The Secret to High Contrast in Portrait Photography

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If you shoot portraits often, you can fall into various camps. Some folks like a lot of contrast in the portraits. And indeed, high-contrast portrait photos can look pretty wonderful and natural. But other folks like as little contrast as possible. That way, with a flatter image, they can work on it a lot in post-production. Understanding what works in what situation, though, is pretty tough. Further, you may not really understand the naming of what you actually want. So in this post, we’re going to tackle it on a surface level.

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In-Camera Settings and Dynamic Range

The first thing to do is to turn off all high dynamic range options your camera has. These don’t affect just the JPEGs but also the RAW files. For example, Canon has an automatic lighting optimizer setting that does this. But with Canon, it turns it off in manual mode. Fujifilm has an option to get the dynamic range to 400%. The more dynamic range an image has, the lower the overall contrast is.

To clarify here, the contrast has to do with the difference between the brights and darks. High dynamic range images have all sorts of great details in them. So the dynamic range is vast. Give it a try for yourself. Take an image into Lightroom or Capture One and crank the contrast all the way up. The whites will become super white. The darks will become even darker.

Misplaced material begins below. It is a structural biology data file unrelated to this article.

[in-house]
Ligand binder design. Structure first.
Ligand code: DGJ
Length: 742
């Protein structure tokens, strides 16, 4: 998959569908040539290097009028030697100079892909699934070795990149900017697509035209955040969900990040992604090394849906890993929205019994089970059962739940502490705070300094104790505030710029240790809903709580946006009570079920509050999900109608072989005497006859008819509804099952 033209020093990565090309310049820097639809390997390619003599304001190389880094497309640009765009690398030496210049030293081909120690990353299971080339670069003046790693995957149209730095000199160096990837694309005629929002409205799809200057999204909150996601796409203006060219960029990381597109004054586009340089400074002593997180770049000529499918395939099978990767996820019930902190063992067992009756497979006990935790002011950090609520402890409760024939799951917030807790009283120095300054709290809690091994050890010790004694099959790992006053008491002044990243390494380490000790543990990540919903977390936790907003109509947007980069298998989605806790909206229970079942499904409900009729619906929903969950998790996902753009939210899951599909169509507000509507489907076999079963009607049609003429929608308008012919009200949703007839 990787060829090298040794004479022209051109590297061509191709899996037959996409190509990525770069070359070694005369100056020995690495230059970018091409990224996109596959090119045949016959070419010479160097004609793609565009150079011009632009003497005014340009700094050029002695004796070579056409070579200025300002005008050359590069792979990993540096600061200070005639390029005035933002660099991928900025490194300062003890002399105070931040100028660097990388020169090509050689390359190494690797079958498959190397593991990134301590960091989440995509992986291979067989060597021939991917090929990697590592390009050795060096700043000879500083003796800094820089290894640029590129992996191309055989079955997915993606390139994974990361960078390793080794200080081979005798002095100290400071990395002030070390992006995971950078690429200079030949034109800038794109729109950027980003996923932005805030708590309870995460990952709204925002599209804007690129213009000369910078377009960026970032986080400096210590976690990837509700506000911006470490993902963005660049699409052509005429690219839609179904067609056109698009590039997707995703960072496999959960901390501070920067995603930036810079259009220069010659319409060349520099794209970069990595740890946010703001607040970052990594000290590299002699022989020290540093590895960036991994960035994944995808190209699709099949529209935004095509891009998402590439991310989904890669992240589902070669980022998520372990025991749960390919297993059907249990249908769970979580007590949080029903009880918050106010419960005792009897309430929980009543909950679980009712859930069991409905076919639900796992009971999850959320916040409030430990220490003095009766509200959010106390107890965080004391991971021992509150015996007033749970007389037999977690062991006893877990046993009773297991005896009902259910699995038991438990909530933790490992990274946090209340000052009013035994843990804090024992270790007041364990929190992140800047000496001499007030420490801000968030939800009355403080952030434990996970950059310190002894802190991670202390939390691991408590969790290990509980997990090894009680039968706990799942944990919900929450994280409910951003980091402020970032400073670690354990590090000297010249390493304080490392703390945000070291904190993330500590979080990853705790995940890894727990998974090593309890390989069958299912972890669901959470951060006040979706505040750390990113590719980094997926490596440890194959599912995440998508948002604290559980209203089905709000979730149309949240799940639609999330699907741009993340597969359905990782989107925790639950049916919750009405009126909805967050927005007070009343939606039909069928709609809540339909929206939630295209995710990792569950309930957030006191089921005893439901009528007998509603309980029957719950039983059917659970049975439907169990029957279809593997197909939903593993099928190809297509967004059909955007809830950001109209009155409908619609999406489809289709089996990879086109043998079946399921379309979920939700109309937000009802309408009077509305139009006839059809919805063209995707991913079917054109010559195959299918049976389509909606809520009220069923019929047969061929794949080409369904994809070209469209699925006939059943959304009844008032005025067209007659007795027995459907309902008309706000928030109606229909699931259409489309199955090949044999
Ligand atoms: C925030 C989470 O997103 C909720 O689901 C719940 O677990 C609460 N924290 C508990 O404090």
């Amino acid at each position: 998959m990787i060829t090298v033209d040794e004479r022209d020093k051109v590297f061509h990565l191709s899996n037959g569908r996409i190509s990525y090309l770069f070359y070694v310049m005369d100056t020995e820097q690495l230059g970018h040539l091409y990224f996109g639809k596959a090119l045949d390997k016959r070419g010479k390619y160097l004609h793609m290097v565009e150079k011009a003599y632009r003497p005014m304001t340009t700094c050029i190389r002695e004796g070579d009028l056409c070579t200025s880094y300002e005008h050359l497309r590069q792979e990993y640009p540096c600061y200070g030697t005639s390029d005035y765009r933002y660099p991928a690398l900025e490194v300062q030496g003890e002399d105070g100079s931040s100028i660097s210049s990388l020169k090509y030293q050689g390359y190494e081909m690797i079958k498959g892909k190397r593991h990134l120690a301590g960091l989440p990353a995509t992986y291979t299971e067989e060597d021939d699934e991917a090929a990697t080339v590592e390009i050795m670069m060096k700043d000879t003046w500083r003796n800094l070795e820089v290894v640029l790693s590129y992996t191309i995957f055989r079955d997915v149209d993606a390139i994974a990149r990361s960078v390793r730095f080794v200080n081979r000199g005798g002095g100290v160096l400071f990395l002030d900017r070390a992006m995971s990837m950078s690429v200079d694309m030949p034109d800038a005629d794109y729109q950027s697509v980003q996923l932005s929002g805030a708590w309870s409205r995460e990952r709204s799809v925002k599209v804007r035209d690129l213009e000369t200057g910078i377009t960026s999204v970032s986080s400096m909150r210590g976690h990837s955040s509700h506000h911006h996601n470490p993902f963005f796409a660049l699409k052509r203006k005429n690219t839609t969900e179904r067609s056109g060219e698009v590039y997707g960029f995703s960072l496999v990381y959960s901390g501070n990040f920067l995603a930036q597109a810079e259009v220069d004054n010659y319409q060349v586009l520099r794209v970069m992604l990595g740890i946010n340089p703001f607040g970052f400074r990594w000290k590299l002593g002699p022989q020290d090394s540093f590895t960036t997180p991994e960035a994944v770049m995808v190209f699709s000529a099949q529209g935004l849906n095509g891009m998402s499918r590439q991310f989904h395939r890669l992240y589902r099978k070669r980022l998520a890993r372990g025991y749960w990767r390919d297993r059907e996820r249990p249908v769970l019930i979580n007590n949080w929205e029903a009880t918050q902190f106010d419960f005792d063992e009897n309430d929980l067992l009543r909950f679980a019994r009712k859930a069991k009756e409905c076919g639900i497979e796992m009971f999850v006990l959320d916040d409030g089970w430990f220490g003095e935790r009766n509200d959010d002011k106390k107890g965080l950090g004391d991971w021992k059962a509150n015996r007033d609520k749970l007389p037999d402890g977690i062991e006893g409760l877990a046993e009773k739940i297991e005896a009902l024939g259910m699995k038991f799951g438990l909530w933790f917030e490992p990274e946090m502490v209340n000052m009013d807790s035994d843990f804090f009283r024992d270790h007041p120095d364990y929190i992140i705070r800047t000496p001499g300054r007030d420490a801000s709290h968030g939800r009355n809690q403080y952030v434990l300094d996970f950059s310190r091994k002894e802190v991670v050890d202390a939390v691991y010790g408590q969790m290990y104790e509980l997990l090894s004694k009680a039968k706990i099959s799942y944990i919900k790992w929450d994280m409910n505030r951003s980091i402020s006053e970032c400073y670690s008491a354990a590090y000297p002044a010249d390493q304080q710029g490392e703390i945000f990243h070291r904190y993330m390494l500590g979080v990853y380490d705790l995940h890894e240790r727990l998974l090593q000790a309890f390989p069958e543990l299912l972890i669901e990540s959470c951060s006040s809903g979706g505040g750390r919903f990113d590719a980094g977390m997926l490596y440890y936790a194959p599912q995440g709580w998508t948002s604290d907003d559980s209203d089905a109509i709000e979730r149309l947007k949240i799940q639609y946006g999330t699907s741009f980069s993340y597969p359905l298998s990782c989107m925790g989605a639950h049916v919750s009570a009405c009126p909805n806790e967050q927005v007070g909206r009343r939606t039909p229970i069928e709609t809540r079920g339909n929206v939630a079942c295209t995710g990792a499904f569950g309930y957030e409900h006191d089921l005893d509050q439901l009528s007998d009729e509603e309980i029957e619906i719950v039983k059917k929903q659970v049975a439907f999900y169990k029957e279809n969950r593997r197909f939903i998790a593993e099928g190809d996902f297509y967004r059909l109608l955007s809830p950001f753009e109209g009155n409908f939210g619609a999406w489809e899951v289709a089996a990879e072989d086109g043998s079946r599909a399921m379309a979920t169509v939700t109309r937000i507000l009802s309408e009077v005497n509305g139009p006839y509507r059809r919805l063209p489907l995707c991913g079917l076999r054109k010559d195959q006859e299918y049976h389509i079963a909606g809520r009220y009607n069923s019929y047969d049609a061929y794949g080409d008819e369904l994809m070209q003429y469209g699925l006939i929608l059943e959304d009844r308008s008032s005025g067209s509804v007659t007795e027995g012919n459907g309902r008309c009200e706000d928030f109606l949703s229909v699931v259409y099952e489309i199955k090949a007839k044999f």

With portrait photography, getting high-contrast portraits is sometimes tough. But the best way to consistently do it is to backlight a subject.

Does a Flash Help?

Technically speaking, a flash can help. But you’d have to do something a bit crazy. Essentially, if you shot in high-speed sync mode, you’d need to overpower the flash for highlights on your subject. Then you’d also need to shoot at a super-fast shutter speed to kill the ambient lighting. Even then, however, you’re still typically creating a high dynamic range photo.

Technically, you could say the image above is a high-contrast portrait. As you can see, the highlights are mostly gone, and the blacks in her pants are very deep. The photo above was done with a flash still in an off-camera modifier. But I wasn’t using high-speed sync. Instead, I was working with ambient lighting, a low ISO setting, and TTL. Because the flash is being dampened by the light modifier, I’m still able to make the overall scene look naturally lit.

Generally speaking, this is the best way to create a high-contrast portrait.

Subject + daytime with a bit of shadow coverage + flash in a light modifier = a high contrast portrait.

Chris Gampat

Chris Gampat is the Editor in Chief, Founder, and Publisher of the Phoblographer. He also likes pizza.